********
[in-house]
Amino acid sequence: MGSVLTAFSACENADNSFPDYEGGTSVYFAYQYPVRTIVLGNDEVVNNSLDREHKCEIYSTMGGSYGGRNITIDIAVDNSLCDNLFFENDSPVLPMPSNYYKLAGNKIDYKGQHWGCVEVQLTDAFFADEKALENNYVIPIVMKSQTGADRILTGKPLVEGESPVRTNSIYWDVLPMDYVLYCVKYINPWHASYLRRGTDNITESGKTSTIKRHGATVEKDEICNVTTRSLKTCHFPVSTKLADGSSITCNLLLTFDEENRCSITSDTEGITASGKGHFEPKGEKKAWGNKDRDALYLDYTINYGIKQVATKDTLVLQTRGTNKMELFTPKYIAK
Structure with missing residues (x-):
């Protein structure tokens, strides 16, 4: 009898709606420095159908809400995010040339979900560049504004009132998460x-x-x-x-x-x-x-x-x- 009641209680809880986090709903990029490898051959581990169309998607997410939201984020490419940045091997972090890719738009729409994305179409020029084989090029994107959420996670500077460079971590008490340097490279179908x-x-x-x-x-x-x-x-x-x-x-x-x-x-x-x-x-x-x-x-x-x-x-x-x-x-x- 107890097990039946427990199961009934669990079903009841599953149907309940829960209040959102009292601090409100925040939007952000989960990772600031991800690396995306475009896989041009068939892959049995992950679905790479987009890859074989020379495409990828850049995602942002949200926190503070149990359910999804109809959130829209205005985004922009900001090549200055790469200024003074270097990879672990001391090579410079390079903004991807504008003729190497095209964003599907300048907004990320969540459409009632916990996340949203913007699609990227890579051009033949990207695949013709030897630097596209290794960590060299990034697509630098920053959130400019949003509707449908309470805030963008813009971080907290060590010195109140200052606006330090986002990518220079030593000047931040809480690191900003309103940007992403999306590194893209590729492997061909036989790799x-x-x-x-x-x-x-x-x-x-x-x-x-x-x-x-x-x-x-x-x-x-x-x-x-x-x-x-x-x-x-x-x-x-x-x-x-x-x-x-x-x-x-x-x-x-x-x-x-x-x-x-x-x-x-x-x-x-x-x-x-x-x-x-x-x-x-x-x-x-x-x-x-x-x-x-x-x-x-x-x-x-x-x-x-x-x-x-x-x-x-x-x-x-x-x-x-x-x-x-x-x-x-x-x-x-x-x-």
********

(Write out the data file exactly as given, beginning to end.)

[in-house]
Amino acid sequence: MGSVLTAFSACENADNSFPDYEGGTSVYFAYQYPVRTIVLGNDEVVNNSLDREHKCEIYSTMGGSYGGRNITIDIAVDNSLCDNLFFENDSPVLPMPSNYYKLAGNKIDYKGQHWGCVEVQLTDAFFADEKALENNYVIPIVMKSQTGADRILTGKPLVEGESPVRTNSIYWDVLPMDYVLYCVKYINPWHASYLRRGTDNITESGKTSTIKRHGATVEKDEICNVTTRSLKTCHFPVSTKLADGSSITCNLLLTFDEENRCSITSDTEGITASGKGHFEPKGEKKAWGNKDRDALYLDYTINYGIKQVATKDTLVLQTRGTNKMELFTPKYIAK
Structure with missing residues (x-):
């Protein structure tokens, strides 16, 4: 009898709606420095159908809400995010040339979900560049504004009132998460x-x-x-x-x-x-x-x-x- 009641209680809880986090709903990029490898051959581990169309998607997410939201984020490419940045091997972090890719738009729409994305179409020029084989090029994107959420996670500077460079971590008490340097490279179908x-x-x-x-x-x-x-x-x-x-x-x-x-x-x-x-x-x-x-x-x-x-x-x-x-x-x- 107890097990039946427990199961009934669990079903009841599953149907309940829960209040959102009292601090409100925040939007952000989960990772600031991800690396995306475009896989041009068939892959049995992950679905790479987009890859074989020379495409990828850049995602942002949200926190503070149990359910999804109809959130829209205005985004922009900001090549200055790469200024003074270097990879672990001391090579410079390079903004991807504008003729190497095209964003599907300048907004990320969540459409009632916990996340949203913007699609990227890579051009033949990207695949013709030897630097596209290794960590060299990034697509630098920053959130400019949003509707449908309470805030963008813009971080907290060590010195109140200052606006330090986002990518220079030593000047931040809480690191900003309103940007992403999306590194893209590729492997061909036989790799x-x-x-x-x-x-x-x-x-x-x-x-x-x-x-x-x-x-x-x-x-x-x-x-x-x-x-x-x-x-x-x-x-x-x-x-x-x-x-x-x-x-x-x-x-x-x-x-x-x-x-x-x-x-x-x-x-x-x-x-x-x-x-x-x-x-x-x-x-x-x-x-x-x-x-x-x-x-x-x-x-x-x-x-x-x-x-x-x-x-x-x-x-x-x-x-x-x-x-x-x-x-x-x-x-x-x-x-």